Raindrops like slow motion, dripping into Watson River. Ripples dissolving; all together becoming waves folding over the sandy shore like sleepy morning smiles, over and over. May these nuances of nature keep me tender for all of my days.
On the south facing slope dry, warm dust of clay cliffs.Fuzzy crocuses.Some sleepy, some stretchinghigh, to the sun lit sky.Blades of grass,pushing green,growing.Bright leaves, slowly unfolding like arms, like art,swirling vein patterns,demanding nothing, but gaining all of myattention. Walk slow,through these forests.Stop, often.Bend to touch.Feel the moss, the lichens,No longer brittle but, still firm, still … More Old Pines
I am home inthese curves; intoxicated.tongue tied. My eyes follow their arching bodies up and up ,their gorgeous frames making my heart raceuntil I reach the tops, only to plunge downward , over and over until my eyeswet from all the wonder. These mountains.
His rough and toughness was what attracted me to him. I needed a strong dog that could handle life on trails, in tents and in the mountains.
So I did not expect what would come next. In fact, I feel awful about it. Having done a 4 hour, 13km climb to the Ice Cave in Kluane two weeks ago where his energy and stamina seemed unfaltering, I figured a 7km climb’n’camp would be no problem! … More Expectation Vs. Reality, the Camping with Dogs Edition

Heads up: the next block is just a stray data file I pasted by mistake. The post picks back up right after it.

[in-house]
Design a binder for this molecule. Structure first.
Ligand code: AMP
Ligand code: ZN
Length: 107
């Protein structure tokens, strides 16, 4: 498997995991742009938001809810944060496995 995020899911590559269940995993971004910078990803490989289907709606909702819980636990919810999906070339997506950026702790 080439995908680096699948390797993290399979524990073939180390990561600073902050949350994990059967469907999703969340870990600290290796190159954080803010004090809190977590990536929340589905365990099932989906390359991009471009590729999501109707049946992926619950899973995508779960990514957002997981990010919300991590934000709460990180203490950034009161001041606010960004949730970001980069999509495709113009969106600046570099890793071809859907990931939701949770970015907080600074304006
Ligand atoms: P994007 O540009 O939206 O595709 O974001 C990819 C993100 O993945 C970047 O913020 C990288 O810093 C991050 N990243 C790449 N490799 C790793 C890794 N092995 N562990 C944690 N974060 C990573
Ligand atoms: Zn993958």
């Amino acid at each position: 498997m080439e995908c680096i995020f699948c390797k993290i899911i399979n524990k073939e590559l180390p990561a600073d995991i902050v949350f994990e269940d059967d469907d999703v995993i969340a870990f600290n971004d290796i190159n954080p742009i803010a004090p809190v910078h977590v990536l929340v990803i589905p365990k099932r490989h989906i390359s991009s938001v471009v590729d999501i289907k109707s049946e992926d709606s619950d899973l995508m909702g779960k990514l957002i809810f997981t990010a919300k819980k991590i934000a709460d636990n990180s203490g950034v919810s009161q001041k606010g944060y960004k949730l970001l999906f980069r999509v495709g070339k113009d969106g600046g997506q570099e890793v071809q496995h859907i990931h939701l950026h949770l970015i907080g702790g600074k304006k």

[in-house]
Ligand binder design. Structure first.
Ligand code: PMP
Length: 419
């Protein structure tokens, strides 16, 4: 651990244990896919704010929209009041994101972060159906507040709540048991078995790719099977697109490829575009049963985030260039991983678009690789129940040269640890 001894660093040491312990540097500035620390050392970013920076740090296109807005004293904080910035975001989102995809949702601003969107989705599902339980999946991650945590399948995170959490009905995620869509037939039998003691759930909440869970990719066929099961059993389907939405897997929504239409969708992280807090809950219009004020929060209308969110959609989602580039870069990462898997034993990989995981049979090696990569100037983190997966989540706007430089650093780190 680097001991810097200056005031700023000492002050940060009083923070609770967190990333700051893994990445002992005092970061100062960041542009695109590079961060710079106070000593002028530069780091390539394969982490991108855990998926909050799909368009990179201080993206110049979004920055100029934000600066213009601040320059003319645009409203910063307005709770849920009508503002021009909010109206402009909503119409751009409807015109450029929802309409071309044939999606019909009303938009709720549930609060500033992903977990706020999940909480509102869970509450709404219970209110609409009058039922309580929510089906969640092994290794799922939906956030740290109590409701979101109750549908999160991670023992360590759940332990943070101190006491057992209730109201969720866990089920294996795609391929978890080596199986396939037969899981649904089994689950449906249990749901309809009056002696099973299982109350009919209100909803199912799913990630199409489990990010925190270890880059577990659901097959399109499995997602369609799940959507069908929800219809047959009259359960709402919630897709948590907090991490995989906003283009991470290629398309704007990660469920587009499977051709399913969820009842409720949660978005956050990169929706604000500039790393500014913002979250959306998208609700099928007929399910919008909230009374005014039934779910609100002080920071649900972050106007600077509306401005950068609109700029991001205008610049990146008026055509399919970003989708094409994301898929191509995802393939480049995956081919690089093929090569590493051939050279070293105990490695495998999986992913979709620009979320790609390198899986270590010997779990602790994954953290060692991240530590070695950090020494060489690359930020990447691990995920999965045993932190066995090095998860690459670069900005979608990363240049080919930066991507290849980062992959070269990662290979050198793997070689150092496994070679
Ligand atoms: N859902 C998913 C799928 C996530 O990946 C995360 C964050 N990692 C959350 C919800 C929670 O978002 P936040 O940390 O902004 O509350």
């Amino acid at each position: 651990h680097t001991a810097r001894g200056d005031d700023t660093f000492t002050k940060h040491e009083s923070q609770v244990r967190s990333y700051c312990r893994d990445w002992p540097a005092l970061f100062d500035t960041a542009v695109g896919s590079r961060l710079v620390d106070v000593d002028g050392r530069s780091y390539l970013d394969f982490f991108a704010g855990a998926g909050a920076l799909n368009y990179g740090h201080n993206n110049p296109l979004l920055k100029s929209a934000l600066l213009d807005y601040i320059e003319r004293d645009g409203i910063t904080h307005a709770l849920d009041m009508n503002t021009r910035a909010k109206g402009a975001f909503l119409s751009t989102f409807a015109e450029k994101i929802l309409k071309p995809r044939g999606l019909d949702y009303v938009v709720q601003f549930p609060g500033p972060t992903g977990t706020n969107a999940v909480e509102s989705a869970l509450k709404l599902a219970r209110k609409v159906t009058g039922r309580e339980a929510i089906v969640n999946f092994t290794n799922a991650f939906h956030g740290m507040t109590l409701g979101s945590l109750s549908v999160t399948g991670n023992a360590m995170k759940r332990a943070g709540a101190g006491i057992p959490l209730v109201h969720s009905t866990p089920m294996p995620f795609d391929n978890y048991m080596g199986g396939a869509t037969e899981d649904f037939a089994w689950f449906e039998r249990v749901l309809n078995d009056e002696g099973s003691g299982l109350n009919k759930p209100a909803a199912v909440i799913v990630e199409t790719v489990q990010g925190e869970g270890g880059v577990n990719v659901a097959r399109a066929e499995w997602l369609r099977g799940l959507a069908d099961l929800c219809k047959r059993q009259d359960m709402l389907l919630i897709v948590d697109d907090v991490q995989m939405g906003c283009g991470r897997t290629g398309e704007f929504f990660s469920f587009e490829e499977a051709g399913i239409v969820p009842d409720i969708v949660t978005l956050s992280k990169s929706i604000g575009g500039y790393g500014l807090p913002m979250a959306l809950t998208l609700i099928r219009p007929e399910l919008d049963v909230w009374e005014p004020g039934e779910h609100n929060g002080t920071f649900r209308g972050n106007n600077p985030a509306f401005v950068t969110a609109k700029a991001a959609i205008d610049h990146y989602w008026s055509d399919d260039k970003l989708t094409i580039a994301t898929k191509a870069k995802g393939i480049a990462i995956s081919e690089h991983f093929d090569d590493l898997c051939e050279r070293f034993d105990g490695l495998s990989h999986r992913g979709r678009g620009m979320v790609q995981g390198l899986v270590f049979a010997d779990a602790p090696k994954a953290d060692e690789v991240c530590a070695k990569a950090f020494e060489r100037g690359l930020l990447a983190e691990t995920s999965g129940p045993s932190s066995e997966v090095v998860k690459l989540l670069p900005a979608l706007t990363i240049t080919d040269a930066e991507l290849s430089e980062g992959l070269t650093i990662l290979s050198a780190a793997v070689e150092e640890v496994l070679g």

At last, I could see the blue gleaming gash in the earth ahead. When we arrived, Aziza collapsed in tears, the wind was even more concentrated, bellowing through the Ice Cave. We were all alone up here… … More Kluane Ice Cave
Nothing ever happens like you imagine it will. John Green wrote this, but he isn’t the first. This honest sentiment is one we’re told, we say and that we, to the very core of our beings, know. And yet, here we are imagining the hell out of our lives, every day, every hour; how that … More What Time Is It?
After a long hike deep in the trees hearing only small streams, chickadees and rustle of the few leaves that have hung on since autumn, the sight of my car fills me with disquiet. There looms the insentient reminder that I am not home in these woods I love so dearly.
There is something about a walk in the woods that feels like closing your eyes at the end of a day; that final conscious exhale; that alignment between brain and body as they slip, simultaneously, into stillness.